What I do, and why (a forward to Shap Luk).
TO EVERYONE: KEEP QUIET. WHEN THE LAST SPIKE IS DRIVEN ... WE WILL SAY "DONE." DON'T BREAK THE CIRCUIT, BUT WATCH FOR THE BLOWS OF THE HAMMER.
ALMOST READY. HATS OFF. PRAYER IS BEING OFFERED.
WE UNDERSTAND. ALL ARE READY IN THE EAST.
ALL READY NOW. THE SPIKE WILL SOON BE DRIVEN. THE SIGNAL WILL BE THREE DOTS FOR THE COMMENCEMENT OF THE BLOWS.
DOT. DOT. DOT. DONE.
Ogden is a railroad town, and this was railroad country. The cold, clear winter air still rings with the faint and eerie sounds of far-off locomotives and the halls where I work are decorated with photos of the building of the transcontinental railroad. I stop often and gaze into the faces there looking out at me. Rough faces, hard faces . . . track layers and repairers of a continent, of the Old West. They are like old friends now that I have visited so many times. They seem to bow to me as to an old acquaintance, they pass me so often, and apparently they take me for an employee; and so I am. . . .**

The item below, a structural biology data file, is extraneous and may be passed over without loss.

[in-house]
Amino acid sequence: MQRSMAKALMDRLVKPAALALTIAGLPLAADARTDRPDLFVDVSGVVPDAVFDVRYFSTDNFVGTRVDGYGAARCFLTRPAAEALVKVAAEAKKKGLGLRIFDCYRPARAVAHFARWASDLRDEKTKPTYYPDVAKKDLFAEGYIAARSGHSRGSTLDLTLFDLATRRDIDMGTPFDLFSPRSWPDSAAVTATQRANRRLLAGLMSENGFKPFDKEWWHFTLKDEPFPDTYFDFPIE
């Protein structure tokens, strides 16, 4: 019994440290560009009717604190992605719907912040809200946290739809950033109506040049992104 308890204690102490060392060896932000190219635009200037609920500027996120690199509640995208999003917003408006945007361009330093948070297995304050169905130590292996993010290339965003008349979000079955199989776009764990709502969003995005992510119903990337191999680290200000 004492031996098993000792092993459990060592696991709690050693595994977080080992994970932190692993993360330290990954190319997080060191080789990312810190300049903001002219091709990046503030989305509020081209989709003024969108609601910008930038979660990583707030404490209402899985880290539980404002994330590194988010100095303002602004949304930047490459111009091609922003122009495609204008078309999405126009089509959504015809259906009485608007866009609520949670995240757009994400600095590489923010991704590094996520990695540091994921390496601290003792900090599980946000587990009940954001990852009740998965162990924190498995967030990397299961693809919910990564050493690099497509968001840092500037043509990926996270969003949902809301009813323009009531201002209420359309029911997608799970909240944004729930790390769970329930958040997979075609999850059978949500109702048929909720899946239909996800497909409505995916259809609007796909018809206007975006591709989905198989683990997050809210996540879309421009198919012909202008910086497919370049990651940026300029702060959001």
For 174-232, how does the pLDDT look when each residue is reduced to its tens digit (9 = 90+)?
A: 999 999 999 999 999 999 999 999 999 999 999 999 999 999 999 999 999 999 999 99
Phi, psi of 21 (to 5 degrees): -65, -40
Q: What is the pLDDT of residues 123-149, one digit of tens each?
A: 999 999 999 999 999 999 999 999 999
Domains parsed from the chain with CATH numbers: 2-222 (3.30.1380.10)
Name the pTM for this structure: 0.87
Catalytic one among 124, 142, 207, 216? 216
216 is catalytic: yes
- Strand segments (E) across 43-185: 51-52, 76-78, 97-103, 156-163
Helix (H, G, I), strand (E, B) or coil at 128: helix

But something else is there too in that dense, black winter sky. To the south, and above, bright stars in the heavens, the landing lights of jets some 50 miles distant, creep slowly downward along their glide paths. For a just moment, a mere instant in the dark heavens of my minds eye, these moving bursts of light appear like the descending starships of my grandchildrens childrens future.
Monday I return to the rocket plant, as a cog in a wheel, that turns a great corporate machine, that grades the rail beds and lays the tracks that will bring the dawning of such a future . . . that is the hope at least.
. . . I too would fain be a track-repairer somewhere in the orbit of the earth.
New Year's Day, 1998.
* Note: These are the actual telegraph transmission during the ceremony.
**Note: The quote is from Thoreau's 'Walden'.